}
}
Overwriting ./model-settings.json
inference_request = {
    "inputs": [
        {
          "name": "text_inputs",
          "shape": [1],
          "datatype": "BYTES",
          "data": ["This is a generation for the work" for i in range(512)],
        }
    ]
}

# Benchmark time
import time
start_time = time.monotonic()

requests.post("http://localhost:8080/v2/models/transformer/infer", json=inference_request)

print(f"Elapsed time: {time.monotonic() - start_time}")
Elapsed time: 11.27933280000434

We can see that the elapsed time is 8 times less than the CPU version!

Adaptive Batching with GPU

We can also see how the adaptive batching capabilities can allow for GPU acceleration by grouping multiple incoming requests so they get processed in GPU batch.

In our case we can enable adaptive batching with the max_batch_size which in our case we will set it ot 128.

We will also configure max_batch_time which specifies` the maximum amount of time the MLServer orchestrator will wait before sending for inference.

%%writefile ./model-settings.json
{
    "name": "transformer",
    "implementation": "mlserver_huggingface.HuggingFaceRuntime",
    "max_batch_size": 128,
    "max_batch_time": 1,
    "parameters": {
        "extra": {
            "task": "text-generation",
            "pretrained_model": "distilgpt2",
            "device": 0,
            "batch_size": 128
        }
    }
}
Overwriting ./model-settings.json

In order to achieve the throughput required of 50 requests per second, we will use the tool vegeta which performs load testing.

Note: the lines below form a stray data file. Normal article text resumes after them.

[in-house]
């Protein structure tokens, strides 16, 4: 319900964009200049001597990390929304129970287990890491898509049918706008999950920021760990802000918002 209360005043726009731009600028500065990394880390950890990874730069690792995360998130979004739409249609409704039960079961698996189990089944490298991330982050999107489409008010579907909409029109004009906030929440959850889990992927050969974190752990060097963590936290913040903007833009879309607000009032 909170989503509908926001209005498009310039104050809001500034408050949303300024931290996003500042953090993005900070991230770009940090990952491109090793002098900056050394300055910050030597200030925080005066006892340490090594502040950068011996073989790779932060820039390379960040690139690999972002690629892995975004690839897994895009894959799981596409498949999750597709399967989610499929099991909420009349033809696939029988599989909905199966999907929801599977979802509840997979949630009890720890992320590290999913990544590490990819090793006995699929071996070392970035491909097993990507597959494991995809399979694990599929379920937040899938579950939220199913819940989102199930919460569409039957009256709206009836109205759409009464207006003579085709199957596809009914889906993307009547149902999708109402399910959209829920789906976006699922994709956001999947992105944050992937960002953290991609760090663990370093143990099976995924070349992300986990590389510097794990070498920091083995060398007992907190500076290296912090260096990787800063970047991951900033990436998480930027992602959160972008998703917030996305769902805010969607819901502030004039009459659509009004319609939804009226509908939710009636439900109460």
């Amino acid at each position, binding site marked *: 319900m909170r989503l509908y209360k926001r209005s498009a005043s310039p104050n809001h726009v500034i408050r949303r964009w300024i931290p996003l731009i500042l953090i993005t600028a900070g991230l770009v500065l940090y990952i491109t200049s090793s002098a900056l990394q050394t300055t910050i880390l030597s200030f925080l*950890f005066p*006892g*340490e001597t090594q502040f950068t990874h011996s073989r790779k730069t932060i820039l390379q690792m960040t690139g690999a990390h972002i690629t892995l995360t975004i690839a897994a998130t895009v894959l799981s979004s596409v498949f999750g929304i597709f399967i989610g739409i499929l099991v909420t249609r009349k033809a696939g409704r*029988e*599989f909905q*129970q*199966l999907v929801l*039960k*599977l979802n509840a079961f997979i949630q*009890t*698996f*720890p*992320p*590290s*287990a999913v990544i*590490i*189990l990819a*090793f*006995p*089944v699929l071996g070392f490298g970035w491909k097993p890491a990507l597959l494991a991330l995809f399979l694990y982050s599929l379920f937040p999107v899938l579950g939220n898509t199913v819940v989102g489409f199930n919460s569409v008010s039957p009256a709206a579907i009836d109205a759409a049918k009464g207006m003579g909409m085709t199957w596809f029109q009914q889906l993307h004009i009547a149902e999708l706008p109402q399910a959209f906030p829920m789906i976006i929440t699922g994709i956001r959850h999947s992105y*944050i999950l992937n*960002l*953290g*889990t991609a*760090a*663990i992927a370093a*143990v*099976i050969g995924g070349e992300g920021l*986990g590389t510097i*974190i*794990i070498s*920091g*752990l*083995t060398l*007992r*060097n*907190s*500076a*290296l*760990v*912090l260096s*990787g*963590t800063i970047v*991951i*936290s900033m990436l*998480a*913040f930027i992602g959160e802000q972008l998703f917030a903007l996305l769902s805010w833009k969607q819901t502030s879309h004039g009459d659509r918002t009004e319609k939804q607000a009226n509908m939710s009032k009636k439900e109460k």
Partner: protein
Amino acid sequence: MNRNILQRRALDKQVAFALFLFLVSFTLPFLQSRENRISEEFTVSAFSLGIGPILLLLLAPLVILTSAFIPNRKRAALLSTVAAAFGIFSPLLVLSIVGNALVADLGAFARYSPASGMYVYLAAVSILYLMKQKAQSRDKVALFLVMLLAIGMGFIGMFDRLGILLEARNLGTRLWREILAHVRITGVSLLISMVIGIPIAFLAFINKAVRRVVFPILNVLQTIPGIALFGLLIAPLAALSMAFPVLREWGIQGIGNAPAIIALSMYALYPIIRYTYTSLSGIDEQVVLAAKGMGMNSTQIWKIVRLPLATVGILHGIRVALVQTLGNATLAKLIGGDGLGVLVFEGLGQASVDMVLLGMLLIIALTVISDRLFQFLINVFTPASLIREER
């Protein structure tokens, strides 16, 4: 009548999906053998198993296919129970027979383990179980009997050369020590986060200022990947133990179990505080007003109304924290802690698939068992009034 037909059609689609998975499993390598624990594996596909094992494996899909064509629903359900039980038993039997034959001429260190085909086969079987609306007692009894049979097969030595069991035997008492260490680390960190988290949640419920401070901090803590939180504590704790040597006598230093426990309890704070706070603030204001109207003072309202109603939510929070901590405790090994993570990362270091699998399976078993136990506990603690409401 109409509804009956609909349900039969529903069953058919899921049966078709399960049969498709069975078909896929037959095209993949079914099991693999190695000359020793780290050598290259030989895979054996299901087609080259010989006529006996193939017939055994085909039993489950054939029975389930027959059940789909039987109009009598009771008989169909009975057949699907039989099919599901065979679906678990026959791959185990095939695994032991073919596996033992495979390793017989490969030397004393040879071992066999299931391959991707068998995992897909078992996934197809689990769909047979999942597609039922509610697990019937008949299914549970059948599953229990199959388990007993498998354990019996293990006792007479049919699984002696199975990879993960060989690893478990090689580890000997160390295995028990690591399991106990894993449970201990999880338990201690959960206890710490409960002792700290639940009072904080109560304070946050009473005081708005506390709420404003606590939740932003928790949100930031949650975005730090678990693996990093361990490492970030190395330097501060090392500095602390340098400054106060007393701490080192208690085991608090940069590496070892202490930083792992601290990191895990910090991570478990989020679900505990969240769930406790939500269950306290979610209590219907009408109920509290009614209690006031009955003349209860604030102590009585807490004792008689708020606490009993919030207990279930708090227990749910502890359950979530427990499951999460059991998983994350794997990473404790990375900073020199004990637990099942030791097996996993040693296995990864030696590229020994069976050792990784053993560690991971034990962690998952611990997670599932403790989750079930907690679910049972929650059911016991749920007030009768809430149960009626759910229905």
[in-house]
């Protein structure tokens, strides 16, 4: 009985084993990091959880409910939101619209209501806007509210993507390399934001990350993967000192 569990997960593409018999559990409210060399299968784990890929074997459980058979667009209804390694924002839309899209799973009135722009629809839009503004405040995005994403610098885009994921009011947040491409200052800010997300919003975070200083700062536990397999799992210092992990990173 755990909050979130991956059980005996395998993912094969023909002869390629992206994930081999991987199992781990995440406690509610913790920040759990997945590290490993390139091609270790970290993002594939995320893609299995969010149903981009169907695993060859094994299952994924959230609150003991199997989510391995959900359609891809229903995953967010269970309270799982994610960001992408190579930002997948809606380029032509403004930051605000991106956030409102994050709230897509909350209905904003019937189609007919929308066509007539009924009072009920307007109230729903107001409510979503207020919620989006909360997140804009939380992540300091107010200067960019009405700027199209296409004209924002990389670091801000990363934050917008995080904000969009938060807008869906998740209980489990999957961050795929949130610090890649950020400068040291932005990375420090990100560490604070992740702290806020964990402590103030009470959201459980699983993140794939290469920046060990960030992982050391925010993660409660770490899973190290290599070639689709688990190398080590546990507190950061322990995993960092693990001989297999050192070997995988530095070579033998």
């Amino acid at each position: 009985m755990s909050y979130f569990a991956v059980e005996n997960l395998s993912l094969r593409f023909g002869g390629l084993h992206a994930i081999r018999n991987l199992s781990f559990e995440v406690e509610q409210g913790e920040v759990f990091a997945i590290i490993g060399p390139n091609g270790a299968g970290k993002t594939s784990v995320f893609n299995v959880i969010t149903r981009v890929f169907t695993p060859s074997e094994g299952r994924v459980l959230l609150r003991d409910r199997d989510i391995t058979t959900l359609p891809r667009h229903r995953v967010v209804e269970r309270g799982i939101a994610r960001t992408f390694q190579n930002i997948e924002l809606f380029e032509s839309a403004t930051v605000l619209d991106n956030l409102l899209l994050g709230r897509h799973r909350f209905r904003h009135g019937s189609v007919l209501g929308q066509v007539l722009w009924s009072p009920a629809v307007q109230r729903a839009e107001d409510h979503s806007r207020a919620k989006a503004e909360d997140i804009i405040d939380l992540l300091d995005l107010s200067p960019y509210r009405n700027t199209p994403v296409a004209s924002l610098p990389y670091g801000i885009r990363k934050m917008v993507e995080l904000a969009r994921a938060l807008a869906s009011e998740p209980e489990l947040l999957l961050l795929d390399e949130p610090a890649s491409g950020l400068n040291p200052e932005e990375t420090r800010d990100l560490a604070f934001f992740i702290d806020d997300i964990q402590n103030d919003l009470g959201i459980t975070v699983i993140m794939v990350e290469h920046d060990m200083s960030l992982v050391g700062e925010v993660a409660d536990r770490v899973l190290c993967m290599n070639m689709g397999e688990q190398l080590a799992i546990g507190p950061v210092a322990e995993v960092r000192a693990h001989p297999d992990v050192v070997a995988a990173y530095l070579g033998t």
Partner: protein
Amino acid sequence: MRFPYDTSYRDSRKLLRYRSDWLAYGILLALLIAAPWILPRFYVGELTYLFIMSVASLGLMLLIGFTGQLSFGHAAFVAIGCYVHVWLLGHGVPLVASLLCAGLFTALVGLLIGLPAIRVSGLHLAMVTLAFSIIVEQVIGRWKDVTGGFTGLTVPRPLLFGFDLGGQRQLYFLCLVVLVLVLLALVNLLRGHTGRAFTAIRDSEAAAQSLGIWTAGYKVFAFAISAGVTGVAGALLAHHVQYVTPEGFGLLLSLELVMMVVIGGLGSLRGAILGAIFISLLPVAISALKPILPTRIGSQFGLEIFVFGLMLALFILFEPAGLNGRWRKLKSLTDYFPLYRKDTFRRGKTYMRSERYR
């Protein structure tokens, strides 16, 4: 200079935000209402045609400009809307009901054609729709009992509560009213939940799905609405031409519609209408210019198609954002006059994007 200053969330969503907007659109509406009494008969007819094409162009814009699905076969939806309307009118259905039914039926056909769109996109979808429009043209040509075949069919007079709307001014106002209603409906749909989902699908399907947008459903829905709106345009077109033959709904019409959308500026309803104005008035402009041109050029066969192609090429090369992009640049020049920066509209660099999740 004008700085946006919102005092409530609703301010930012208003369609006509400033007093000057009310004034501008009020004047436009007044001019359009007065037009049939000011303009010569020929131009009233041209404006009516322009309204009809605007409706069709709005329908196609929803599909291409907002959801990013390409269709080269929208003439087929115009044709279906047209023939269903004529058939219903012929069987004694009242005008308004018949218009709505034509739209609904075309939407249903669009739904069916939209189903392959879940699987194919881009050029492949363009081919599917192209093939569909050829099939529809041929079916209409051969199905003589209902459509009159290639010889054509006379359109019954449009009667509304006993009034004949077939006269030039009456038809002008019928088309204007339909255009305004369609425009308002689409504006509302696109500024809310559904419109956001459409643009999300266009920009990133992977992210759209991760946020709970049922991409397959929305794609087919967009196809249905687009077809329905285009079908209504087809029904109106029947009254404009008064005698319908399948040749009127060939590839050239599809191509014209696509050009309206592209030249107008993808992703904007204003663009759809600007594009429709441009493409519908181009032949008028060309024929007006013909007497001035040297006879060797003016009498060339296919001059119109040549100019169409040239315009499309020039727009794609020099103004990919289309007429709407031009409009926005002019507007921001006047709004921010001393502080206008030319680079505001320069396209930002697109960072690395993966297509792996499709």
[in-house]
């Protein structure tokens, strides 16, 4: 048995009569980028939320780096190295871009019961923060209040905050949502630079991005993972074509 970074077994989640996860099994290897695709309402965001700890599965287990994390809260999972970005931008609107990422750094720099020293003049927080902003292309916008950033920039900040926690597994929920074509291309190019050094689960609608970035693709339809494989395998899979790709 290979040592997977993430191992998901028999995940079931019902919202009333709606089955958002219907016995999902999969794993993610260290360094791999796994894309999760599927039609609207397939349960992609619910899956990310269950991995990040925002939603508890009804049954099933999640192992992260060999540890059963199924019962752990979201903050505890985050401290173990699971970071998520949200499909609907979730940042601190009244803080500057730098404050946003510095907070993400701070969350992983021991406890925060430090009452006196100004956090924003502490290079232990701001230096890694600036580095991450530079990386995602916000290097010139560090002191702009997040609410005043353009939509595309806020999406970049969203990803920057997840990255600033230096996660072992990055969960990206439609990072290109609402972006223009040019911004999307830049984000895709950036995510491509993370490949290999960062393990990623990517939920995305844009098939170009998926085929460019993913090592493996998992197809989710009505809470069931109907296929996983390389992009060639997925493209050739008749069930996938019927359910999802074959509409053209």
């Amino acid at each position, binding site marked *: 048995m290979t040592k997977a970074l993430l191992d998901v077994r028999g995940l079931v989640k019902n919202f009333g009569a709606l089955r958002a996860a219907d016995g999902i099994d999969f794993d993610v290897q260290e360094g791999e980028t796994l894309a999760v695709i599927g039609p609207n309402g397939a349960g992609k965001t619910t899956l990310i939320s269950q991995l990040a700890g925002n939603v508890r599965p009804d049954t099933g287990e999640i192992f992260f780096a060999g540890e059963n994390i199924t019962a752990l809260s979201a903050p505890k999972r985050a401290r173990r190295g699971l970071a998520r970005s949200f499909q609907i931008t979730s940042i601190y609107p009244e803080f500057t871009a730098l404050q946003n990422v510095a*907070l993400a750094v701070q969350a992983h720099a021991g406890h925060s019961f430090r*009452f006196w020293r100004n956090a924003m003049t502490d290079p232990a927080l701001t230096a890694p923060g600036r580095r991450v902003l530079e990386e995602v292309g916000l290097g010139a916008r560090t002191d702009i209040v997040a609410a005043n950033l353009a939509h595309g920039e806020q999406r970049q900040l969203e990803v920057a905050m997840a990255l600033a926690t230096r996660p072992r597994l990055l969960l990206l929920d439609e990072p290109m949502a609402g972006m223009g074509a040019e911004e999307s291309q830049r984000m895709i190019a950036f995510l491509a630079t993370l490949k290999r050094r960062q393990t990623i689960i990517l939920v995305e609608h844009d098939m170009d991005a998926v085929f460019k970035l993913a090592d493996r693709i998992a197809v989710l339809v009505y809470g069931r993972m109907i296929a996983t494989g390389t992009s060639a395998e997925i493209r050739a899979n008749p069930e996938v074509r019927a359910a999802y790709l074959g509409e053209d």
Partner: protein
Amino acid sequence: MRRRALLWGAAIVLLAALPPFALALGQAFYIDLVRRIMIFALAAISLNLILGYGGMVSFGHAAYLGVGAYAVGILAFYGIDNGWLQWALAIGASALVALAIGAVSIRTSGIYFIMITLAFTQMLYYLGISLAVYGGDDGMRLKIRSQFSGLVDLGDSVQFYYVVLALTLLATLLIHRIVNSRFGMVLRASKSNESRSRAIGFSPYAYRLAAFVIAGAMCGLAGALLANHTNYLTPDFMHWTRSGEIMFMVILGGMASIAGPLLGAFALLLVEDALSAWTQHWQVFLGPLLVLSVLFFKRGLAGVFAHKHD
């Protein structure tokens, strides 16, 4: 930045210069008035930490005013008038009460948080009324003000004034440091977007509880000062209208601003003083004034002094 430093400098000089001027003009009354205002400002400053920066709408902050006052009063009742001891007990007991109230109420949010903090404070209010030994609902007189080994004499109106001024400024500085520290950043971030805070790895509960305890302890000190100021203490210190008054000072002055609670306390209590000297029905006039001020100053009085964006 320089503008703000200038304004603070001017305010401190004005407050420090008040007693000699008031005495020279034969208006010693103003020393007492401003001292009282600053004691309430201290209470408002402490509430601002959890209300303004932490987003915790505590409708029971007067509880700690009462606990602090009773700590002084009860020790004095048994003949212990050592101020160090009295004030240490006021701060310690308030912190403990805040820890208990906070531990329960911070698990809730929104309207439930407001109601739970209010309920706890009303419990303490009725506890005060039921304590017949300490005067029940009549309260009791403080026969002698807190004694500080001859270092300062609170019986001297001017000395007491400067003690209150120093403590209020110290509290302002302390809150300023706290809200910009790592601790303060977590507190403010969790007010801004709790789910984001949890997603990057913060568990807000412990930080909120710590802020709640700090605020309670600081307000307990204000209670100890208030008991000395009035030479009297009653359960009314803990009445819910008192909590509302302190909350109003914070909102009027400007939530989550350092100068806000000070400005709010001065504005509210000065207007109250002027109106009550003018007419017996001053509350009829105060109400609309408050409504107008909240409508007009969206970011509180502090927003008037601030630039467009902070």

We can now see that we are able to see that the requests are batched and we receive 100% success eventhough the requests are sent one-by-one.

%%bash
jq -ncM '{"method": "POST", "header": {"Content-Type": ["application/json"] }, "url": "http://localhost:8080/v2/models/transformer/infer", "body": "{\"inputs\":[{\"name\":\"text_inputs\",\"shape\":[1],\"datatype\":\"BYTES\",\"data\":[\"test\"]}]}" | @base64 }' \
          | vegeta \
                -cpus="2" \
                attack \
                -duration="3s" \
                -rate="50" \
                -format=json \
          | vegeta \
                report \
                -type=text
Requests      [total, rate, throughput]         150, 50.34, 22.28
Duration      [total, attack, wait]             6.732s, 2.98s, 3.753s
Latencies     [min, mean, 50, 90, 95, 99, max]  1.975s, 3.168s, 3.22s, 4.065s, 4.183s, 4.299s, 4.318s
Bytes In      [total, mean]                     60978, 406.52
Bytes Out     [total, mean]                     12300, 82.00
Success       [ratio]                           100.00%
Status Codes  [code:count]                      200:150  
Error Set: